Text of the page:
CLR Is it Safe to use as an engine flush?

Panky

Administrator
Staff member
The cooling system on one Bonnies engine has always been a bit murky with rusty looking coolant so I did an experiment. The Mini guys use CLR (Calcium, Lime scale and Rust remover) a lot with excellent results but there's been a little question mark over how it affects other metals in the system such as copper, brass and aluminium. I bought a litre of CLR from Screwfix and placed a selection of components and metals that you would expect to find in an engine in a stainless steel bowl and added a 50/50 mix of CLR and water. Every day for a week the solution was heated on a camping stove to simulate the engine running to see what happened.



Some rusty bolts, a temperature sender and a Mini thermostat housing went into the warm mix

Quite a reaction



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I also added a piece of copper pipe, a piece of solder and the cast rear hinge off Ted the traveller



After a week the bits and pieces were taken out and rinsed off



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Seems to be some transfer of metal from the copper to the steel



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Very obvious on the bowl



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The stat housing didn't seem to have suffered



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You can see a bit of a tide mark on the housing but with a light wire brushing it came up shiny again



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There was only surface rust on the hinge face and that came off within a day



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The washers were very heavily rusted after many years under a Morris Minor wing but it came off leaving a heavily pitted surface



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The solder's surface had gone matt but was still intact and flexible



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The copper didn't seem to transfer onto the cast steel surface of the hinge so I would assume this wouldn't happen inside a block - but would it do any harm if it did? I wouldn't think so. And going on the condition of the copper and alloy components does this show that it is safe enough to use without having to remove the rad and stat housing?

Personally I would and probably will soon on Bonnies engine if the Radflush I've just used hasn't been good enough.
 

jimberlake

Well-Known Member
Very Interesting that Panky, great bit of chemistry there, looks safe as houses :rolleyes:. Are some rads made of brass or have I totally made that up...sure I rubbed the top off mine down and was more yellow than copper.
 

Panky

Administrator
Staff member
Standard Commer one is brass header tank with copper tubes and fins. The brass temperature sender that was in the solution was fine, cleaned up nicely :)
Like I said the Mini boys have been using it for years with no ill effects, I just wanted to see the reaction in real time. Another thing used regularly is Calgon dish washer tabs - they seem to do a decent job too.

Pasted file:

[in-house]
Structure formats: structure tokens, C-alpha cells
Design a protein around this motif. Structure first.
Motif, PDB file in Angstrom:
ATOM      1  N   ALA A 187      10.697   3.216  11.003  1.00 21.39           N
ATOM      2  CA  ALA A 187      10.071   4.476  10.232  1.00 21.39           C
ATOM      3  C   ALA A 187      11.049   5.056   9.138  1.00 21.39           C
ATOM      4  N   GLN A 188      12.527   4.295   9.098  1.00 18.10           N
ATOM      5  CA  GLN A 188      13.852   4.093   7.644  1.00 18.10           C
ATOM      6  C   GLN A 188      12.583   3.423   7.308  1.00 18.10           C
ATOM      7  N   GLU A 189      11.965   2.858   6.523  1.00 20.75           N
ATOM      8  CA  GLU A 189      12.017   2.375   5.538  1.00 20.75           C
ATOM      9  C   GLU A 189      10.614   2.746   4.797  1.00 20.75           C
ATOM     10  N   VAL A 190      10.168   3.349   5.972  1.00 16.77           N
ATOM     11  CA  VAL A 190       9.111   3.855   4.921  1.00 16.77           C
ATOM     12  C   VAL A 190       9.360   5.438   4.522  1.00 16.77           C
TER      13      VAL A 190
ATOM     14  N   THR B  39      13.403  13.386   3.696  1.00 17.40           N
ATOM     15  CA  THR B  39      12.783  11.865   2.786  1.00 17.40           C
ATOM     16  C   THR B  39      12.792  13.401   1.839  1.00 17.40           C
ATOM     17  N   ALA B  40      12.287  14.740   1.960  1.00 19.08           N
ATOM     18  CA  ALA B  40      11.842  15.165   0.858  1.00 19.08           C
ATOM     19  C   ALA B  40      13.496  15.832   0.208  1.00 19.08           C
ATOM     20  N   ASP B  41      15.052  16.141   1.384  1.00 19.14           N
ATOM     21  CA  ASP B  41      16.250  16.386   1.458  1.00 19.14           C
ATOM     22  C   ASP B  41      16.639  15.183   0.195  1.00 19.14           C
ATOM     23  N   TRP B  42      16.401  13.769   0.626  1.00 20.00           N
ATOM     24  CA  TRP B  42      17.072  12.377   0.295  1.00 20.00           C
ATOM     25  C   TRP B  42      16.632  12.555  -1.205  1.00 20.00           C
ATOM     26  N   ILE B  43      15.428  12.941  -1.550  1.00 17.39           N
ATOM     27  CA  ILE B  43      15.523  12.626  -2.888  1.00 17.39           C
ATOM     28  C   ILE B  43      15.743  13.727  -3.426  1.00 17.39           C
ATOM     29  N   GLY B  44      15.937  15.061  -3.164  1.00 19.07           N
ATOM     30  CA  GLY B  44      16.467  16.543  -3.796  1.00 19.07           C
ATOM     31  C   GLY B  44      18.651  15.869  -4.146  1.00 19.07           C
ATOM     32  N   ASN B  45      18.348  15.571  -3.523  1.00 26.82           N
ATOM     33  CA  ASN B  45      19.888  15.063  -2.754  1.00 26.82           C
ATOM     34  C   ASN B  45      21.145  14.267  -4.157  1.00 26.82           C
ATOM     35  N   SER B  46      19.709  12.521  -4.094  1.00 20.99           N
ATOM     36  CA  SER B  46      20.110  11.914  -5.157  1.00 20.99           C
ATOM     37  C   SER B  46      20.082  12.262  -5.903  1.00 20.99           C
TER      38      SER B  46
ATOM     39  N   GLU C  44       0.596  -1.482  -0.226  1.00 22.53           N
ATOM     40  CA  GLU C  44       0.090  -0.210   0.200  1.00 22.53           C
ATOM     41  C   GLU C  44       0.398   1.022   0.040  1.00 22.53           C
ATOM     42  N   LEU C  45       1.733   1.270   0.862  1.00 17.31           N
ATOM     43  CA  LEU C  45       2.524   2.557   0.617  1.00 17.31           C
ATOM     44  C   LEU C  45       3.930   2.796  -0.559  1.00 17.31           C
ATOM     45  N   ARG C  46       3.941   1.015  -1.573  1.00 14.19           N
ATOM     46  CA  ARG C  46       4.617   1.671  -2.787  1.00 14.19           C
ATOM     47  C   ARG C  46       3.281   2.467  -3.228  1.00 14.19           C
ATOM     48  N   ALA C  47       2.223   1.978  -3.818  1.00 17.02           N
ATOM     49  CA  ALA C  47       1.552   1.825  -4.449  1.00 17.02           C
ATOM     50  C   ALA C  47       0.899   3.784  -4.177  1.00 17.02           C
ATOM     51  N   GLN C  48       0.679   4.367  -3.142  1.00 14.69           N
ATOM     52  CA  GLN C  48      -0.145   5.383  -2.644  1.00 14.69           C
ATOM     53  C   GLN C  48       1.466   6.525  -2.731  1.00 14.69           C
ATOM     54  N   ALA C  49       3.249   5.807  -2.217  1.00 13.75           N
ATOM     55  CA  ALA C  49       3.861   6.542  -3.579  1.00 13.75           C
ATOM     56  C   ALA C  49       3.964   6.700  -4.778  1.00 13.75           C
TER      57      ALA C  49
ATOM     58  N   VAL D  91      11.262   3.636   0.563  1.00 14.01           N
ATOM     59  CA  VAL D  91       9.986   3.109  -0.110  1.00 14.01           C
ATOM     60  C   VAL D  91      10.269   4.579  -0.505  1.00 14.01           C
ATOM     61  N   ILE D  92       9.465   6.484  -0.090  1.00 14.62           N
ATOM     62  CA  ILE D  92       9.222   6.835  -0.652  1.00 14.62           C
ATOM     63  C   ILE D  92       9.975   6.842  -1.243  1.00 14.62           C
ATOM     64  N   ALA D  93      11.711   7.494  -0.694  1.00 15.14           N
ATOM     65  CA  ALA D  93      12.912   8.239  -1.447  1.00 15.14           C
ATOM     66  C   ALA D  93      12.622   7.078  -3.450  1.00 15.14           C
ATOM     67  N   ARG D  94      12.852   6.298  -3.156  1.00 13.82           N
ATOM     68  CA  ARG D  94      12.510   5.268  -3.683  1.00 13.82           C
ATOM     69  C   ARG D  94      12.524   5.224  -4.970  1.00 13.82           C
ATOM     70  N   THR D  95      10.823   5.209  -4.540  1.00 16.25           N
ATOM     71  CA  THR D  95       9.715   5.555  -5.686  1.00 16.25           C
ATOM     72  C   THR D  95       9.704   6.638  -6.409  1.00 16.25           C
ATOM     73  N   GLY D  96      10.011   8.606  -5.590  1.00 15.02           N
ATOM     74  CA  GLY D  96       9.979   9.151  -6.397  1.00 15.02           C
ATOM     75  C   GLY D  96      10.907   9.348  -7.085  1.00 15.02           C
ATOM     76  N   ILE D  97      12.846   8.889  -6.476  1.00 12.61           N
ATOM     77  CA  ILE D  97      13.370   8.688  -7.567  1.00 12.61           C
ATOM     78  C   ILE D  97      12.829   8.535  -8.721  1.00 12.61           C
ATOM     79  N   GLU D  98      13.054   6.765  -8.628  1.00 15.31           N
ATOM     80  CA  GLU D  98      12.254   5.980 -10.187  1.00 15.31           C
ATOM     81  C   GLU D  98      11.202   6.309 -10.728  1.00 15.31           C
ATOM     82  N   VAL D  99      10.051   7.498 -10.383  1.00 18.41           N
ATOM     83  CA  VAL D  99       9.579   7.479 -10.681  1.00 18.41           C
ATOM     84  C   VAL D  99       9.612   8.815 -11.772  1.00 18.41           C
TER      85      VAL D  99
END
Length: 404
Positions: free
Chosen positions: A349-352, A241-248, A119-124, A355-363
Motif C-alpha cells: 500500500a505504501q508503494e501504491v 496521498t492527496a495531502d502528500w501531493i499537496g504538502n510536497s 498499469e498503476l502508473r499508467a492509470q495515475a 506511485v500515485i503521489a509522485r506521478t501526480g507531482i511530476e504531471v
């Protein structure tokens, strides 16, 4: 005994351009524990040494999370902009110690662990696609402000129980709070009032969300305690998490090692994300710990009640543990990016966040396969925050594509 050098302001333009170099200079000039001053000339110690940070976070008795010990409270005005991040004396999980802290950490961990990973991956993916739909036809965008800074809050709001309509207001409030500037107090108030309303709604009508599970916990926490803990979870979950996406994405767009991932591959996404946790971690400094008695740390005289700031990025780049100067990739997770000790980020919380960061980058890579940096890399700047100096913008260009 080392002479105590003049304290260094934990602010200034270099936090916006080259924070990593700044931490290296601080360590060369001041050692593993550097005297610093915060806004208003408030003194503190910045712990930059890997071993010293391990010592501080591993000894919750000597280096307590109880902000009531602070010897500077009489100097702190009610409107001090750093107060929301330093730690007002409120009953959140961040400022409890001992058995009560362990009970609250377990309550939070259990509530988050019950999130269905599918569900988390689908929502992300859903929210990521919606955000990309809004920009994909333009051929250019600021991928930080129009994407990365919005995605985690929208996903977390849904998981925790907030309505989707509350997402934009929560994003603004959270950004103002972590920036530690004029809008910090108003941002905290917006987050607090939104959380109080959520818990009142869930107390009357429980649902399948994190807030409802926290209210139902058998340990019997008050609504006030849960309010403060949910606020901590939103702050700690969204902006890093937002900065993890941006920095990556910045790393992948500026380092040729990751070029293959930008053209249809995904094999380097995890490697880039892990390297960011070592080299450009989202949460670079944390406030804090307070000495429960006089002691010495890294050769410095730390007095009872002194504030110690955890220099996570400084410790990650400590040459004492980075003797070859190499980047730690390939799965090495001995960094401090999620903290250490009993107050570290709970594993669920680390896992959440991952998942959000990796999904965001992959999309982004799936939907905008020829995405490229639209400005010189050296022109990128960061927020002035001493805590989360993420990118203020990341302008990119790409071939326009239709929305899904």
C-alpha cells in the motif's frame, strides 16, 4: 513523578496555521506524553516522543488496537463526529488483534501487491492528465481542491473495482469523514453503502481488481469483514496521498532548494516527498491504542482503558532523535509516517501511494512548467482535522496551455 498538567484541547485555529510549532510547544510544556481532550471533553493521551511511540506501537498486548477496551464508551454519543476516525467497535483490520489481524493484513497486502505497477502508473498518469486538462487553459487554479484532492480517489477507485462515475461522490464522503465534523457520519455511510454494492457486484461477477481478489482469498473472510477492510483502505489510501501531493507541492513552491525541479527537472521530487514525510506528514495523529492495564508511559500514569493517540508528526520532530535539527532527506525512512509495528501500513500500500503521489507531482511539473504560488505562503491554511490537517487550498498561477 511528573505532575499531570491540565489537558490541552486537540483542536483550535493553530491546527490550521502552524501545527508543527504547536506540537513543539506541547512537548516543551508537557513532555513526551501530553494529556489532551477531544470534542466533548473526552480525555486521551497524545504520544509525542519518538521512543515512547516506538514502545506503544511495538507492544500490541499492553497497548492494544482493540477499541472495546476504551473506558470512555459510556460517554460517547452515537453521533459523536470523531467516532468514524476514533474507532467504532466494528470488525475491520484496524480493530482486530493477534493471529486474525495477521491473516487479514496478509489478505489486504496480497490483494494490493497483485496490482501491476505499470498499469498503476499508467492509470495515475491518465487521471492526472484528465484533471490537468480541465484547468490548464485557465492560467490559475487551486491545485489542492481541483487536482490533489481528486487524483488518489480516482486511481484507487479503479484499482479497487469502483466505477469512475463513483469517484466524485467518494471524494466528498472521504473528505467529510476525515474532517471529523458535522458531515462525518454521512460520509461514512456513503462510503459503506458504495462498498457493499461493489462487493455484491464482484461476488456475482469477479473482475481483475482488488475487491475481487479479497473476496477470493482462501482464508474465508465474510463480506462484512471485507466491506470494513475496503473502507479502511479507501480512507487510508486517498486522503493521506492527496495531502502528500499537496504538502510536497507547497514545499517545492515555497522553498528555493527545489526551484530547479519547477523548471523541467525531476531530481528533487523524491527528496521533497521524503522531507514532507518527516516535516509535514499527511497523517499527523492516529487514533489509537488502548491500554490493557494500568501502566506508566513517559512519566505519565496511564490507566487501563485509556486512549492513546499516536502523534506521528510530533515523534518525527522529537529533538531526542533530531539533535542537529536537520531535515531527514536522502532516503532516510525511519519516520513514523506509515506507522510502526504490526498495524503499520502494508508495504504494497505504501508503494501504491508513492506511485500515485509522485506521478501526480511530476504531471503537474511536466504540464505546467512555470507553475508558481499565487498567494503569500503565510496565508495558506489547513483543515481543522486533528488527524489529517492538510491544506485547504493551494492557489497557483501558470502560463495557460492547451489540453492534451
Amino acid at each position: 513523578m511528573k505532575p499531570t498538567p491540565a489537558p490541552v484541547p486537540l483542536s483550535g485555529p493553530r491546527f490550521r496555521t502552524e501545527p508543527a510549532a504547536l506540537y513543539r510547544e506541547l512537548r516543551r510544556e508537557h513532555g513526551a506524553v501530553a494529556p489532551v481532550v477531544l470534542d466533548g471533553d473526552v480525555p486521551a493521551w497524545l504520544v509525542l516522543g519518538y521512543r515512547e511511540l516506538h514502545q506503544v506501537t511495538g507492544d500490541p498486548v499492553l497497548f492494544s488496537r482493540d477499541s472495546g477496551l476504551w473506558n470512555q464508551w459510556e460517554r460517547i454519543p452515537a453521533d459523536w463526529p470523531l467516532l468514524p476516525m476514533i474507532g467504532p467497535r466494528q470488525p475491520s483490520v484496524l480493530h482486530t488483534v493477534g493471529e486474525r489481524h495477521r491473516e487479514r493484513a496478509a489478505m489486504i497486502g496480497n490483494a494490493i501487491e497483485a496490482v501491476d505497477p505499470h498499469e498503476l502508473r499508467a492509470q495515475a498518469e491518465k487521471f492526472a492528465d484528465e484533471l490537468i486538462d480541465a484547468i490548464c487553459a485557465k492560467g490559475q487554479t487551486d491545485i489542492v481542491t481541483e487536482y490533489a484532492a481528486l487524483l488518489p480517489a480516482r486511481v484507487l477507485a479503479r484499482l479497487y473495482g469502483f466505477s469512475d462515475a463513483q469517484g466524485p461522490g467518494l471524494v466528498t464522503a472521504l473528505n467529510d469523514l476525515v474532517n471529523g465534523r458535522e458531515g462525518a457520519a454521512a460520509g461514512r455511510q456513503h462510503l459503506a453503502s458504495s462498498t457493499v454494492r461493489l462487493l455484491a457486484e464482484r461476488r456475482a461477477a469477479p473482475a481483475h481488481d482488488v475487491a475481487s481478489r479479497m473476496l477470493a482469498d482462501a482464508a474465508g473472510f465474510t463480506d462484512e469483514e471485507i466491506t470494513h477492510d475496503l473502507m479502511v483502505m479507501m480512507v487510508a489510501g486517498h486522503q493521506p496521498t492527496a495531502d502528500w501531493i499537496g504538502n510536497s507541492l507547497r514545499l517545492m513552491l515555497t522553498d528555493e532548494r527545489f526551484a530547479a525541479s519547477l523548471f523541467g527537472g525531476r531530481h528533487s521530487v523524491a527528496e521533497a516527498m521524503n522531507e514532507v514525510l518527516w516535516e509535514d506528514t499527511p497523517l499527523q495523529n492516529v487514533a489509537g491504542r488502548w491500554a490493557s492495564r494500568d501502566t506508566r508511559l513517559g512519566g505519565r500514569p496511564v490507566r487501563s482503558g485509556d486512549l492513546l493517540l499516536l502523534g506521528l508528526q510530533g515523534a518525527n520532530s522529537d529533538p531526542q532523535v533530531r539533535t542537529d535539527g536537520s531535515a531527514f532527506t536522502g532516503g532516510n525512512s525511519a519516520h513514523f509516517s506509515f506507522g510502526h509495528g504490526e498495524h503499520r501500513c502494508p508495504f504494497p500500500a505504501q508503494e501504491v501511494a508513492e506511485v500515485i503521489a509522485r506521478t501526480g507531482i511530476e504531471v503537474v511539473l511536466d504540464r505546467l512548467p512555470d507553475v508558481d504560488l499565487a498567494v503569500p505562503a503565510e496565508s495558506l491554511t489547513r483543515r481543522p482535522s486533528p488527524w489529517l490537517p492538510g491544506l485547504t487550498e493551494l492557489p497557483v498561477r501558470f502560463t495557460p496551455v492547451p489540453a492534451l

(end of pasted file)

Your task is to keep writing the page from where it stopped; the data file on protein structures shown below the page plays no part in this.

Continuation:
Panky

Administrator
Staff member
One of the very knowledgeable Mini guys said leave it in for a month but I'd try it for a week and see how it goes. Not sure about using it on an ally head engine but I think I'd have a go if the cooling system was really bad - maybe the Calgon method would be better for that.
The amount of crud I got out of Bonnies engine just by filling with water and dropping it again a dozen times then flushing with a hose had to be seen to be believed, I had a nice river of brown sludge running down the drive :rolleyes: I've got a spare block that I'm going to recon as a spare and that will be pickling in CLR for as long as it takes.
 

jimberlake

Well-Known Member
I’m fortunate mine was sorted on the rebuild, was up to the core plugs with sludge and sand apparently!
 

Panky

Administrator
Staff member
That's what I found when I popped the core plugs on the spare block. Managed to shift most of it with the pressure washer but a good pickling will do it good
 

Seven

Active Member
Hi Panky. I hope all is well with you. I would be interested in possibly trying the Calgon method you mentioned as I was going to drop and flush my coolant this spring. Would you just drop one tablet in and then run the engine up to temp a few times over a week and then drop and flush multiple times? Do you feel the Calgon would be a safe thing to use?
 

Panky

Administrator
Staff member
I've not used Calgon myself only heard about it being used third hand so can't really advise. If it's just a routine coolant change, and not for overheating problems, I would be cautious and just use a regular flushing agent like Radflush. But if you do want to try the Calgon I would not leave it in for too long, maybe for a couple of hours and see how it performs before flushing with clean water.
I would also do an experiment and see the reaction the Calgon has when placed in hot water, you don't want it foaming up all over the engine bay.
 

Tintin

Member
I've never heard of Calgon been used as a engine flush but I'm sure it wouldn't harm it. At the truck dealership where I work we often use washing powder to flush oil out of the cooling system out after oil cooler failures as its excellent at breaking down the oil. After a couple of they are as good as new and even smell nice..!
 
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